Remember the concept album? It still exists. Gabriel Kahane‘s latest, The Ambassador, is all about Los Angeles, with each track sung from the perspective of a specific Lalaland address. On the the title track, for exampe, Kahane embraces the POV of a doorman at the bygone Ambassador Hotel.
The singer-songwriter has also penned a fun New Yorker essay on the age-old dismissal of Los Angeles by New Yorkers. He starts off with a good theory as to why that is:
The notion that LA is a place unsuitable for serious thought is one many of us cling to in order to justify the cramped and sometimes squalid conditions in which we live in New York…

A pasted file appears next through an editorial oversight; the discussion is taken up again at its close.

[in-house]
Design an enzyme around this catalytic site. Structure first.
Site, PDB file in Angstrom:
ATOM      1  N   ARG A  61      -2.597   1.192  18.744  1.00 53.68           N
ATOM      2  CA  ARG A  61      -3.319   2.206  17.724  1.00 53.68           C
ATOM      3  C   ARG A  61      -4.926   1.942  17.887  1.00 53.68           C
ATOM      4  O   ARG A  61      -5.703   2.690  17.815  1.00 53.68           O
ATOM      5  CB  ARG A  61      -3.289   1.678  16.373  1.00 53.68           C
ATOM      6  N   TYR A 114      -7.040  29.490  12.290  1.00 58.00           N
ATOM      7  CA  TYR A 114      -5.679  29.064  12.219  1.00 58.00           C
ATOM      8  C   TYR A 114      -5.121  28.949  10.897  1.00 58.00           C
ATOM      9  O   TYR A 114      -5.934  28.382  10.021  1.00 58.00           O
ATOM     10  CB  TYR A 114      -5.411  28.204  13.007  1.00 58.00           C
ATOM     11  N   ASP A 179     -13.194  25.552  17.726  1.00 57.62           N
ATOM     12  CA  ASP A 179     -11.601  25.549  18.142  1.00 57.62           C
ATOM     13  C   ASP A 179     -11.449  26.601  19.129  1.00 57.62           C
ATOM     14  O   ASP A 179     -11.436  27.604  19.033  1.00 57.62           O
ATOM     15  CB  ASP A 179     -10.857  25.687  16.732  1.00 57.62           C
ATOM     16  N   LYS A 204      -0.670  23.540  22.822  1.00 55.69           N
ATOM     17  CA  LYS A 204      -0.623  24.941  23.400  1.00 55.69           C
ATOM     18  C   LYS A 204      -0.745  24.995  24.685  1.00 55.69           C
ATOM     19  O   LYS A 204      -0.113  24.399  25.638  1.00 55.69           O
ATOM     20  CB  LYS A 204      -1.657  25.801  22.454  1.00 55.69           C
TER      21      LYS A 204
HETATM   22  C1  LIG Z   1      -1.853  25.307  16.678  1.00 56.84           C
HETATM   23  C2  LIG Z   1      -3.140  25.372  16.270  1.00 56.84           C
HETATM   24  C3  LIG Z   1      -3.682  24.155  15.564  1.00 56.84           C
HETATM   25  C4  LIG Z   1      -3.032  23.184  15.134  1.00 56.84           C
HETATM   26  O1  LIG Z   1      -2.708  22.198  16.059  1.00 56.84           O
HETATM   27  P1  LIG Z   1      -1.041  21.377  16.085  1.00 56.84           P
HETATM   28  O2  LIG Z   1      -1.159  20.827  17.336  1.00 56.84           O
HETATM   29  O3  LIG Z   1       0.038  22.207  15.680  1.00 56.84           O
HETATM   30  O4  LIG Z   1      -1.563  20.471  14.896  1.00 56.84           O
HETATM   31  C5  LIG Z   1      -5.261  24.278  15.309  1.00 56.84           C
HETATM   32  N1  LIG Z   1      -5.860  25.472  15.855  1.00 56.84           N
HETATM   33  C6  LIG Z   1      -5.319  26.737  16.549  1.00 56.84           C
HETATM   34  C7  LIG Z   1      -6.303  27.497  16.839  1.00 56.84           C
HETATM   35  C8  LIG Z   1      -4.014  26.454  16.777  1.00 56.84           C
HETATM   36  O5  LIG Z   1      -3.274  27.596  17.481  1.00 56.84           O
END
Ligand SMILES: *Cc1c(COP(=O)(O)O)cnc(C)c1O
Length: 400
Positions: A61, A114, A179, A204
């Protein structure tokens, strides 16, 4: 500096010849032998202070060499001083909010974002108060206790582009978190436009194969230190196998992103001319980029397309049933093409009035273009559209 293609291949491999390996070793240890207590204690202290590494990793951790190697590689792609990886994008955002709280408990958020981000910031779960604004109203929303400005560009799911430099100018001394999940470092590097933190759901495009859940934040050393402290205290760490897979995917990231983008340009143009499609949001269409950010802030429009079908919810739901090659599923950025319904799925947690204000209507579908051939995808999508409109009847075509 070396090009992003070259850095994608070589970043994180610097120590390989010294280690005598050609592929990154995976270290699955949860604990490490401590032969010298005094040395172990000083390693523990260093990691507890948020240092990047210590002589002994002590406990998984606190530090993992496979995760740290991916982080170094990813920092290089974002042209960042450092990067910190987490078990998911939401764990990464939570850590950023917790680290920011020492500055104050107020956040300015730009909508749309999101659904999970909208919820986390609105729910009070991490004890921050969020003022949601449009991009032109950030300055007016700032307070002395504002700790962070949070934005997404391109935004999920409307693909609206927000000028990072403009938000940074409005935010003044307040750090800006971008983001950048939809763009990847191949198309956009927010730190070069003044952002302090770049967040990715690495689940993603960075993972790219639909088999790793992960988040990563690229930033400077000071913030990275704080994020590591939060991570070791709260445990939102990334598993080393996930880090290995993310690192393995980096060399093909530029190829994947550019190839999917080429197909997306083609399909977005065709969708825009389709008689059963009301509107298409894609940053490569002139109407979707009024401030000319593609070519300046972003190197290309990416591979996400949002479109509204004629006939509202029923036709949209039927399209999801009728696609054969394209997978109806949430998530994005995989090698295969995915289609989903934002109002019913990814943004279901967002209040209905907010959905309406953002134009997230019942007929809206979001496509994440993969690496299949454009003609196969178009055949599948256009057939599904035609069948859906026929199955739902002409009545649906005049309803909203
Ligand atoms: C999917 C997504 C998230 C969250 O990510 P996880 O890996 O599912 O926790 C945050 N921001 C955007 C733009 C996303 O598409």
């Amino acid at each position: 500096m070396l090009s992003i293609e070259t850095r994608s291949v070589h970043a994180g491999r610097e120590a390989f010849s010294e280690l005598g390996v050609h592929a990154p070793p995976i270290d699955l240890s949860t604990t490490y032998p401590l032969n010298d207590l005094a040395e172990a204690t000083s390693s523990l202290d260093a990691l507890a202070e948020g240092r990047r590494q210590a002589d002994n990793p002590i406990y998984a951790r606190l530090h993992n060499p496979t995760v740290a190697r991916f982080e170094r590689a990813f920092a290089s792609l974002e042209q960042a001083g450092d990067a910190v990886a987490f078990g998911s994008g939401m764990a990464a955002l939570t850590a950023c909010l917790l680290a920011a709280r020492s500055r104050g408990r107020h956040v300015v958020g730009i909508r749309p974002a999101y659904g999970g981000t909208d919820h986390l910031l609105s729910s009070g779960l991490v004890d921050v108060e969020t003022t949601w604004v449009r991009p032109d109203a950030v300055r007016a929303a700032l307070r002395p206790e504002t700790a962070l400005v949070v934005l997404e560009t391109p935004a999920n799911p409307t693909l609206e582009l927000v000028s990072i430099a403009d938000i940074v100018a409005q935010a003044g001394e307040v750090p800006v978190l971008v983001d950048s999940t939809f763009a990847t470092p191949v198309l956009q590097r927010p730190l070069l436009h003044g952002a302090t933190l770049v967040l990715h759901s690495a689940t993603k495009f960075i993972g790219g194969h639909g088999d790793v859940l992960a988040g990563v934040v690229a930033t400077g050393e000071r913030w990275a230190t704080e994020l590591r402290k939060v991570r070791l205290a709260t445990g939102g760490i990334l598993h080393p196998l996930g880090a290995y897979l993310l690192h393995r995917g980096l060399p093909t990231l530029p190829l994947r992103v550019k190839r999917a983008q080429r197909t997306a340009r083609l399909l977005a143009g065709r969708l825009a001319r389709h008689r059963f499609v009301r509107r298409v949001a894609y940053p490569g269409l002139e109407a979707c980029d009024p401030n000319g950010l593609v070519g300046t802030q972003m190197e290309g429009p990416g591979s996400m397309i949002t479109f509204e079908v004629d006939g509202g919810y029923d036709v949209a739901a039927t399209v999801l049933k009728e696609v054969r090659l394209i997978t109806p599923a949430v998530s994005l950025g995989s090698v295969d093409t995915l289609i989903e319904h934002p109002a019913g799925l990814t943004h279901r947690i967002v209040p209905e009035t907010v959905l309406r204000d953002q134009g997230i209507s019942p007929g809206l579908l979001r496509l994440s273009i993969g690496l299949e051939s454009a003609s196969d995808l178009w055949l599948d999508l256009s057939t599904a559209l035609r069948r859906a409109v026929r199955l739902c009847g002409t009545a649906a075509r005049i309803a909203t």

I spent six years writing music (which, for most people, requires silence) in a small apartment one floor above a middle-aged couple whose domestic disputes frequently reached decibel levels that would not have been out of place on a tarmac at J.F.K. And there was the time when, working as a bartender, I watched my boss at a dingy midtown bar douse his genitals in vodka in order to “sterilize” himself after a basement assignation with a female patron, only to turn around and fire me an hour later for “overpouring” and thus wasting his liquor. I told myself that these were the wages of true artistry.